June 2013
Volume 54, Issue 15
ARVO Annual Meeting Abstract  |   June 2013
Development, Composition, and Architecture of the Mouse Ciliary Zonule
Author Affiliations & Notes
  • Steven Bassnett
    Ophthal & Vis Science, Washington Univ Sch of Med, Saint Louis, MO
  • Alicia De Maria
    Ophthal & Vis Science, Washington Univ Sch of Med, Saint Louis, MO
  • Yanrong Shi
    Ophthal & Vis Science, Washington Univ Sch of Med, Saint Louis, MO
  • Footnotes
    Commercial Relationships Steven Bassnett, None; Alicia De Maria, None; Yanrong Shi, None
  • Footnotes
    Support None
Investigative Ophthalmology & Visual Science June 2013, Vol.54, 3061. doi:
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      Steven Bassnett, Alicia De Maria, Yanrong Shi; Development, Composition, and Architecture of the Mouse Ciliary Zonule. Invest. Ophthalmol. Vis. Sci. 2013;54(15):3061.

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      © ARVO (1962-2015); The Authors (2016-present)

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Purpose: Ocular manifestations of Marfan syndrome include myopia and ectopia lentis. Marfan syndrome is caused by mutations in fibrillin1, a glycoprotein enriched in force-bearing structures such as ciliary zonule. The use of mouse Marfan models for ocular studies has been limited because little is known about the nature of the murine zonule. The present study was designed to help fill this knowledge gap.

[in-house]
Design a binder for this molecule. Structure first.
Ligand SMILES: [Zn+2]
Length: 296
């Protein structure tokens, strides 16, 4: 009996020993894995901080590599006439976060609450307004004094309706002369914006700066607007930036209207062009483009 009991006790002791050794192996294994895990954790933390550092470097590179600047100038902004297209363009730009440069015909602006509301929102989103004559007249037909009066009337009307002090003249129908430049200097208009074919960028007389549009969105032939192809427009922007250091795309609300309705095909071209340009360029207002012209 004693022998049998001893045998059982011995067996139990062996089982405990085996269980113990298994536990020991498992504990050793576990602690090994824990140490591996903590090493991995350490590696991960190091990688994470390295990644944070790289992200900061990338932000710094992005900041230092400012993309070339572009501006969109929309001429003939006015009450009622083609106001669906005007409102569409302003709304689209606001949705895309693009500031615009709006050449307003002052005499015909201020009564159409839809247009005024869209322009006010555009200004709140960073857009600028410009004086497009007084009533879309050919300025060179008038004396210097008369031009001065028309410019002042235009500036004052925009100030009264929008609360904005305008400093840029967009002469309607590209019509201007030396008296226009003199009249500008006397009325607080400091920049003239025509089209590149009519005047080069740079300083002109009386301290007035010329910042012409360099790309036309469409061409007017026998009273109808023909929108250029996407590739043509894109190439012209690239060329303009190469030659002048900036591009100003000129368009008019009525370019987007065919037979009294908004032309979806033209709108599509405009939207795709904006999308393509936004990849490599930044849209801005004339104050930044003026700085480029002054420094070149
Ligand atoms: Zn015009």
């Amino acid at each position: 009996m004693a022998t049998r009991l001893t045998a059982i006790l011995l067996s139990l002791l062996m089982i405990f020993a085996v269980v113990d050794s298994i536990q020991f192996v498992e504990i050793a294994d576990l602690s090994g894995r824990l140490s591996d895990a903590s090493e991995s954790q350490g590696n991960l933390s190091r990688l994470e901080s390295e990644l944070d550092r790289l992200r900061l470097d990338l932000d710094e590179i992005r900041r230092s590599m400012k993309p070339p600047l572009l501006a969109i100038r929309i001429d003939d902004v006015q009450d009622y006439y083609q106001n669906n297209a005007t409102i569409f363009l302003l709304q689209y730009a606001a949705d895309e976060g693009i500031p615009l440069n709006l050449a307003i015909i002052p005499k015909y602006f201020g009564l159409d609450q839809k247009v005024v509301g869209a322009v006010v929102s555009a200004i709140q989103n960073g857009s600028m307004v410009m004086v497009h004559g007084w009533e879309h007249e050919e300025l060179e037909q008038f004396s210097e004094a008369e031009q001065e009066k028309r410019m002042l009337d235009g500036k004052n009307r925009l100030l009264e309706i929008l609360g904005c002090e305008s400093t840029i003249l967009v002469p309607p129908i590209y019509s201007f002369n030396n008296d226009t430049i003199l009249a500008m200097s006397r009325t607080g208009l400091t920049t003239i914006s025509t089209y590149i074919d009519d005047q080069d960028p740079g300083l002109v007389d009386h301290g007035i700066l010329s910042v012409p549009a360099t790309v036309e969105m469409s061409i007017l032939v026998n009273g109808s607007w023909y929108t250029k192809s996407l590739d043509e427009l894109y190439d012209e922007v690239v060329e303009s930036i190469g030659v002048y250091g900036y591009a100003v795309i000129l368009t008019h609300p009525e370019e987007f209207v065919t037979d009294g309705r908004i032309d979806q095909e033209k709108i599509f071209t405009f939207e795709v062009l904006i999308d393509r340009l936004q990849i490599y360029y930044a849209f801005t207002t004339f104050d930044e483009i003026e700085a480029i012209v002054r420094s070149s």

Methods: Oligonucleotide probes were raised against fbn1 and fbn2 and used for in situ hybridization. Antibodies against fibrillin isoforms and microfibril-associated glycoprotein-1 (Magp1) were used for immunofluorescence applications, in conjunction with volume-rendering techniques.

Results: Fbn2 was the dominant fibrillin expressed in the embryonic eye. Fbn2 was transiently expressed in the vascular tunic, where it was found associated with Magp1 in microfibrils. By E16.5, Fbn2 was expressed strongly by non-pigmented ciliary epithelial (NPCE) cells. Zonular fibers were evident by P1, after which Fbn2 expression declined and Fbn1 expression increased. By P30, a well-organized ciliary zonule was present. Zonular fibers projected from the posterior portion of the pars plicata to anterior, posterior, and equatorial termination points on the lens capsule. The posterior fibers attached to a dense meshwork of radially-oriented microfibrils on the capsular surface. The microfibrils formed a 100 micrometer-wide band encircling the lens. 3D-reconstructions revealed that this “fibrillar girdle” was situated above the transition zone, a region of the epithelium where cells commit to terminal differentiation.

Conclusions: The organization/composition of the mouse ciliary zonule was grossly similar to that of humans, suggesting that mouse Marfan models may provide useful insights into human ocular disease. A spatial relationship between the zonular attachment and the transition zone of the lens epithelium was noted. In view of the known ability of microfibrils to modulate BMP signaling, the zonule could thus serve both a structural role and a role in lens growth. Finally, our data suggest a model for how the complex architecture of the zonule may arise. Connections between the ciliary epithelium and the lens capsule form during embryogenesis, when the two tissues are in intimate contact. The characteristic fanning of zonular fibers may be the consequence of differential growth rates in lens and NPCE surface areas.

Keywords: 497 development • 519 extracellular matrix • 596 microscopy: confocal/tunneling  

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